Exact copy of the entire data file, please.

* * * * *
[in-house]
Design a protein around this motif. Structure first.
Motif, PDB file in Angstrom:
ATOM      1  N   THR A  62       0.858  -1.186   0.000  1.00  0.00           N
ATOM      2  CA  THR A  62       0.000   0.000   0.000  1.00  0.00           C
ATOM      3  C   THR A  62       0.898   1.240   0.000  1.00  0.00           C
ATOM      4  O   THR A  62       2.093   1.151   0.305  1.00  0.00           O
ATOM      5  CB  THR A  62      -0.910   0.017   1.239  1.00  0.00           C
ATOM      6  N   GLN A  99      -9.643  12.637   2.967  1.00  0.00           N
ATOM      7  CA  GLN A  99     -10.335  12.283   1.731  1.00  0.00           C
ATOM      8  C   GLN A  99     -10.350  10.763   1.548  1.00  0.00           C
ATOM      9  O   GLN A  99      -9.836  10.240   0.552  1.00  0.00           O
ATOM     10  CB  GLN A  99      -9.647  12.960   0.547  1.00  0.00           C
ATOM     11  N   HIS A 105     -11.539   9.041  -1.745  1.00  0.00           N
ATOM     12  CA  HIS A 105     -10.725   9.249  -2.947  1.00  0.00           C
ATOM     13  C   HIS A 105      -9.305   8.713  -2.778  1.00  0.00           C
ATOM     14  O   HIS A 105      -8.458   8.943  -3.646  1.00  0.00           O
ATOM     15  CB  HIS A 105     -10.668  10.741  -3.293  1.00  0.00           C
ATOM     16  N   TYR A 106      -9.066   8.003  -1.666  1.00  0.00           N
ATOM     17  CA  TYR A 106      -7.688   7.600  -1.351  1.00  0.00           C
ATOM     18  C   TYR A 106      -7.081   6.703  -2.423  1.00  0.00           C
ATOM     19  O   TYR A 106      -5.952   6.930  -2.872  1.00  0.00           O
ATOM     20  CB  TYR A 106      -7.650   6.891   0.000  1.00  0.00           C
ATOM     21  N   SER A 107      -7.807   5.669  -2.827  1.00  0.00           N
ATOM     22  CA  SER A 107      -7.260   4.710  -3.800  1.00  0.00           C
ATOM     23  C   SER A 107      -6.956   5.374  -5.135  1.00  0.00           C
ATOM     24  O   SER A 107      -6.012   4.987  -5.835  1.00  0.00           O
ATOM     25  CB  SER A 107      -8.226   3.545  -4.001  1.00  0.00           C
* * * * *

[in-house]
Design a protein around this motif. Structure first.
Motif, PDB file in Angstrom:
ATOM      1  N   THR A  62       0.858  -1.186   0.000  1.00  0.00           N
ATOM      2  CA  THR A  62       0.000   0.000   0.000  1.00  0.00           C
ATOM      3  C   THR A  62       0.898   1.240   0.000  1.00  0.00           C
ATOM      4  O   THR A  62       2.093   1.151   0.305  1.00  0.00           O
ATOM      5  CB  THR A  62      -0.910   0.017   1.239  1.00  0.00           C
ATOM      6  N   GLN A  99      -9.643  12.637   2.967  1.00  0.00           N
ATOM      7  CA  GLN A  99     -10.335  12.283   1.731  1.00  0.00           C
ATOM      8  C   GLN A  99     -10.350  10.763   1.548  1.00  0.00           C
ATOM      9  O   GLN A  99      -9.836  10.240   0.552  1.00  0.00           O
ATOM     10  CB  GLN A  99      -9.647  12.960   0.547  1.00  0.00           C
ATOM     11  N   HIS A 105     -11.539   9.041  -1.745  1.00  0.00           N
ATOM     12  CA  HIS A 105     -10.725   9.249  -2.947  1.00  0.00           C
ATOM     13  C   HIS A 105      -9.305   8.713  -2.778  1.00  0.00           C
ATOM     14  O   HIS A 105      -8.458   8.943  -3.646  1.00  0.00           O
ATOM     15  CB  HIS A 105     -10.668  10.741  -3.293  1.00  0.00           C
ATOM     16  N   TYR A 106      -9.066   8.003  -1.666  1.00  0.00           N
ATOM     17  CA  TYR A 106      -7.688   7.600  -1.351  1.00  0.00           C
ATOM     18  C   TYR A 106      -7.081   6.703  -2.423  1.00  0.00           C
ATOM     19  O   TYR A 106      -5.952   6.930  -2.872  1.00  0.00           O
ATOM     20  CB  TYR A 106      -7.650   6.891   0.000  1.00  0.00           C
ATOM     21  N   SER A 107      -7.807   5.669  -2.827  1.00  0.00           N
ATOM     22  CA  SER A 107      -7.260   4.710  -3.800  1.00  0.00           C
ATOM     23  C   SER A 107      -6.956   5.374  -5.135  1.00  0.00           C
ATOM     24  O   SER A 107      -6.012   4.987  -5.835  1.00  0.00           O
ATOM     25  CB  SER A 107      -8.226   3.545  -4.001  1.00  0.00           C